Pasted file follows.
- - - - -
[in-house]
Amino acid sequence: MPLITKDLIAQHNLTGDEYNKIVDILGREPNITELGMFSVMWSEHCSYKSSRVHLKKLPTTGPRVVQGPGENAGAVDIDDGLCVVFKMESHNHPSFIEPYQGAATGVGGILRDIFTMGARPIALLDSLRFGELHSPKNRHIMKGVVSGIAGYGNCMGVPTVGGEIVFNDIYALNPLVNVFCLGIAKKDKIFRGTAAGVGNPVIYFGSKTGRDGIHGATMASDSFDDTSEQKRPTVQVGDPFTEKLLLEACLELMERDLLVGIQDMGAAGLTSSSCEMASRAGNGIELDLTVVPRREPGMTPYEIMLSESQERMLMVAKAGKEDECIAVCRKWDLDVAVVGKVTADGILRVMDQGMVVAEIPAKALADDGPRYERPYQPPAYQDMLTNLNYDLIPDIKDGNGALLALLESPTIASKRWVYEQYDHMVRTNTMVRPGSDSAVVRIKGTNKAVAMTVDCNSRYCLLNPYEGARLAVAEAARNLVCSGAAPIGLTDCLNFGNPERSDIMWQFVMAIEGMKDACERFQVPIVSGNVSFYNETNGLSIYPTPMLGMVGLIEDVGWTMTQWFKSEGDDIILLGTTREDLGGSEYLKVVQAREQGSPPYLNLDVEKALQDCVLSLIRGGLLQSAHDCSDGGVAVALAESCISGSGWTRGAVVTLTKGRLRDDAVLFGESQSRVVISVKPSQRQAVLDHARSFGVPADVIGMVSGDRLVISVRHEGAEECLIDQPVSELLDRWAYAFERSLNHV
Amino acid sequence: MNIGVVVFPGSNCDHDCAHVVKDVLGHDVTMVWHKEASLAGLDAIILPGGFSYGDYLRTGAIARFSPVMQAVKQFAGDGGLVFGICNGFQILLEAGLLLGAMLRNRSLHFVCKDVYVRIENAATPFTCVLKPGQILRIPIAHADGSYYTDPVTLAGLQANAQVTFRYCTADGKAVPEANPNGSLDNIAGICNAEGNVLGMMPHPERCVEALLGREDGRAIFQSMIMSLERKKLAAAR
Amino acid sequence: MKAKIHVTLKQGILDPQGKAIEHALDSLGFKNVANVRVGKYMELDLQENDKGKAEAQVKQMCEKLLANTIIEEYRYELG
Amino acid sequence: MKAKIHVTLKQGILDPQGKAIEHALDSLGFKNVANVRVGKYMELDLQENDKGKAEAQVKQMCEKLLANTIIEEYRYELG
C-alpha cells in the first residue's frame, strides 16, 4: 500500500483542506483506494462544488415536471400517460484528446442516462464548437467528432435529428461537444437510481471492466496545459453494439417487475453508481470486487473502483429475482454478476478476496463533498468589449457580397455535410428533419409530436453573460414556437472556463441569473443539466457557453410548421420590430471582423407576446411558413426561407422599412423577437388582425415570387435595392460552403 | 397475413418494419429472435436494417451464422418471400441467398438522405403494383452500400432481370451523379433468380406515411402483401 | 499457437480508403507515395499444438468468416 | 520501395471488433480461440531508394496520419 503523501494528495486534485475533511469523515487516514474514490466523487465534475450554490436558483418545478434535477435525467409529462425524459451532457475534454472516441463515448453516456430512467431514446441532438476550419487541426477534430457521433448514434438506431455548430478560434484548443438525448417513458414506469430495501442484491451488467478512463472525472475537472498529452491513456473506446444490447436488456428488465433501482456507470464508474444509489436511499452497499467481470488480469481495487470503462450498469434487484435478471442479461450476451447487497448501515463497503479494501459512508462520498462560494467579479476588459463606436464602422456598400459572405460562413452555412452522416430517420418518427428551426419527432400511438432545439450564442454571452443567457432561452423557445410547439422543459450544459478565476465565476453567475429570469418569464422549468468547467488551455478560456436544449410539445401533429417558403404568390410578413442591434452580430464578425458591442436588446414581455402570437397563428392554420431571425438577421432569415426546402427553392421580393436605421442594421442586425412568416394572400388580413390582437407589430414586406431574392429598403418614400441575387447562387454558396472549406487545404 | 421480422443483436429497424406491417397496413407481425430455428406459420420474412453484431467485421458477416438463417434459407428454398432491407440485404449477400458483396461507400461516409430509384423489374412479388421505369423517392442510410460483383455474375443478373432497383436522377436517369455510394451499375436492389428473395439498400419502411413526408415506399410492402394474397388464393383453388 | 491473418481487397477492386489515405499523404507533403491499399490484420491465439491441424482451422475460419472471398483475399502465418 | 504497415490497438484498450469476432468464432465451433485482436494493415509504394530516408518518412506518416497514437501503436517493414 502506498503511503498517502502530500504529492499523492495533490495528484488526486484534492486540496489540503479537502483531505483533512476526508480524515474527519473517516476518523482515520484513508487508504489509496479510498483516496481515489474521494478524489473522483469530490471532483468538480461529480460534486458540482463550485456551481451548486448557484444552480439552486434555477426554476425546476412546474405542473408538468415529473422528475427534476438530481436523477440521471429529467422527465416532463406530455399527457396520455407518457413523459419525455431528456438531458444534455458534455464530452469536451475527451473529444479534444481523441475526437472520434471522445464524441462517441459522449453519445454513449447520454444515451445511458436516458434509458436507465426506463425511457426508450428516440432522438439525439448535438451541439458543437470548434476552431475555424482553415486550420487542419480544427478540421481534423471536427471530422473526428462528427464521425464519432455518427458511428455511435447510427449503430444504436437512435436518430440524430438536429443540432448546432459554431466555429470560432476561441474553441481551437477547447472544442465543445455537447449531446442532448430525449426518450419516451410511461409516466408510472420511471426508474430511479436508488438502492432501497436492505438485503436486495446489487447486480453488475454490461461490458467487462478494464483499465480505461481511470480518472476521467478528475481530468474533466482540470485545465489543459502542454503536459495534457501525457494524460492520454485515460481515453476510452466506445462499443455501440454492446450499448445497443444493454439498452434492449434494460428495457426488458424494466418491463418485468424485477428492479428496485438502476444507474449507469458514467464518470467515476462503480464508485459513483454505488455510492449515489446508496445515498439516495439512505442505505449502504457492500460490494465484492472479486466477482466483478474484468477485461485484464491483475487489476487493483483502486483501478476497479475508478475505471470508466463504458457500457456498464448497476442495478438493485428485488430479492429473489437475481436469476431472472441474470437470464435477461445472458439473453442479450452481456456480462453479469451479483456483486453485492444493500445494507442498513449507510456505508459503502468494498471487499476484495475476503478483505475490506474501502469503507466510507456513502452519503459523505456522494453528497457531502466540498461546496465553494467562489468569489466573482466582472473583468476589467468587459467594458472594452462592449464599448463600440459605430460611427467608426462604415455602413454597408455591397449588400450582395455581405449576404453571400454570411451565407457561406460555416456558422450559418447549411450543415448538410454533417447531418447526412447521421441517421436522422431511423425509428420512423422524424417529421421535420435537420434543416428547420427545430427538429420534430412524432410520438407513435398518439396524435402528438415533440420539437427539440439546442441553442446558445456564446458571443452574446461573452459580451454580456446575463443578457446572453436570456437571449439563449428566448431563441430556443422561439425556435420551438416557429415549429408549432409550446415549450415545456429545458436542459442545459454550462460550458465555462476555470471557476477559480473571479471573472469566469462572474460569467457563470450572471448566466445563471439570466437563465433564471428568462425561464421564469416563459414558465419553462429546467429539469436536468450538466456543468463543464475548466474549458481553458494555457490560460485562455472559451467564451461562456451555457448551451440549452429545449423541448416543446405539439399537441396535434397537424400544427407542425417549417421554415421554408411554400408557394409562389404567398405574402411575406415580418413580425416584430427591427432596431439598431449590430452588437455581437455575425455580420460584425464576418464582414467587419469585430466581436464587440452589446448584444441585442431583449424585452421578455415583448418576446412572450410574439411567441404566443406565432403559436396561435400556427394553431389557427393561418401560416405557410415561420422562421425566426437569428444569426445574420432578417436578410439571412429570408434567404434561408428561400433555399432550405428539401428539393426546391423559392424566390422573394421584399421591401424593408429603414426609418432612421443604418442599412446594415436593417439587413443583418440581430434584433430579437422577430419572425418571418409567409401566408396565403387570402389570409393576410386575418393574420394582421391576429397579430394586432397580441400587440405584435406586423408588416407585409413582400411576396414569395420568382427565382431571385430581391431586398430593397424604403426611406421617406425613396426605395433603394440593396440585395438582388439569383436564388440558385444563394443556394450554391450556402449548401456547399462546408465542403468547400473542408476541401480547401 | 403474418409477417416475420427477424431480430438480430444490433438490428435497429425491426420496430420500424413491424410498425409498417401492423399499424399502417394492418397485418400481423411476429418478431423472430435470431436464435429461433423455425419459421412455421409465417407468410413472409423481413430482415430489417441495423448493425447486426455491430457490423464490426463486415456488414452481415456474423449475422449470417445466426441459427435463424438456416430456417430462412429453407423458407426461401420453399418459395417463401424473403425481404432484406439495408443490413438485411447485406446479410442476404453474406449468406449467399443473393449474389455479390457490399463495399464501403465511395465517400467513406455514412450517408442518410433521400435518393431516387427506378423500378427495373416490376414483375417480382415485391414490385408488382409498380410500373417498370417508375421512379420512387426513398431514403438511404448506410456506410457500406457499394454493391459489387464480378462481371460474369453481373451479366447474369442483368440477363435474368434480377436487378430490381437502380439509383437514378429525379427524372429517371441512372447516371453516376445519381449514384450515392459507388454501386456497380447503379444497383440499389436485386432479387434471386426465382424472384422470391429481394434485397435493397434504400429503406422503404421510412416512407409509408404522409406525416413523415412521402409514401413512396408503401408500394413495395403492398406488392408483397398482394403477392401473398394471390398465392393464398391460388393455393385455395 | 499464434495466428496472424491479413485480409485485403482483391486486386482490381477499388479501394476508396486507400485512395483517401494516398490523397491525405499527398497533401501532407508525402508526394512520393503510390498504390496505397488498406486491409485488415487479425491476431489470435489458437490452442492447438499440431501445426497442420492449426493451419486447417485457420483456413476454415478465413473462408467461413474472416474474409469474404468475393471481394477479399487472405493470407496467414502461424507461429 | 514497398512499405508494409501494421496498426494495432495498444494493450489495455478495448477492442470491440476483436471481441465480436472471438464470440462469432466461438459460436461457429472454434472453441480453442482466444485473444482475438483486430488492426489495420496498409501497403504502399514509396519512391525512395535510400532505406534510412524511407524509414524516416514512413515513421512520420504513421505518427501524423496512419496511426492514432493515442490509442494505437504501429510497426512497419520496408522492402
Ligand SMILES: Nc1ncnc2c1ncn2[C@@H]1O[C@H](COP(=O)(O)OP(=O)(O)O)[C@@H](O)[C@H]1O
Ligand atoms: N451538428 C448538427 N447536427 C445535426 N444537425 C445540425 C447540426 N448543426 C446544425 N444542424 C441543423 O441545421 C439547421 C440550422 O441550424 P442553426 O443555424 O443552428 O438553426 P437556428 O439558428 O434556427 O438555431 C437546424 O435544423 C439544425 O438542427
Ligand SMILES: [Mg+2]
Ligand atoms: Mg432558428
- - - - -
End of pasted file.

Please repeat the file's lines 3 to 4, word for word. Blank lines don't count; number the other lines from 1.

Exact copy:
Amino acid sequence: MNIGVVVFPGSNCDHDCAHVVKDVLGHDVTMVWHKEASLAGLDAIILPGGFSYGDYLRTGAIARFSPVMQAVKQFAGDGGLVFGICNGFQILLEAGLLLGAMLRNRSLHFVCKDVYVRIENAATPFTCVLKPGQILRIPIAHADGSYYTDPVTLAGLQANAQVTFRYCTADGKAVPEANPNGSLDNIAGICNAEGNVLGMMPHPERCVEALLGREDGRAIFQSMIMSLERKKLAAAR
Amino acid sequence: MKAKIHVTLKQGILDPQGKAIEHALDSLGFKNVANVRVGKYMELDLQENDKGKAEAQVKQMCEKLLANTIIEEYRYELG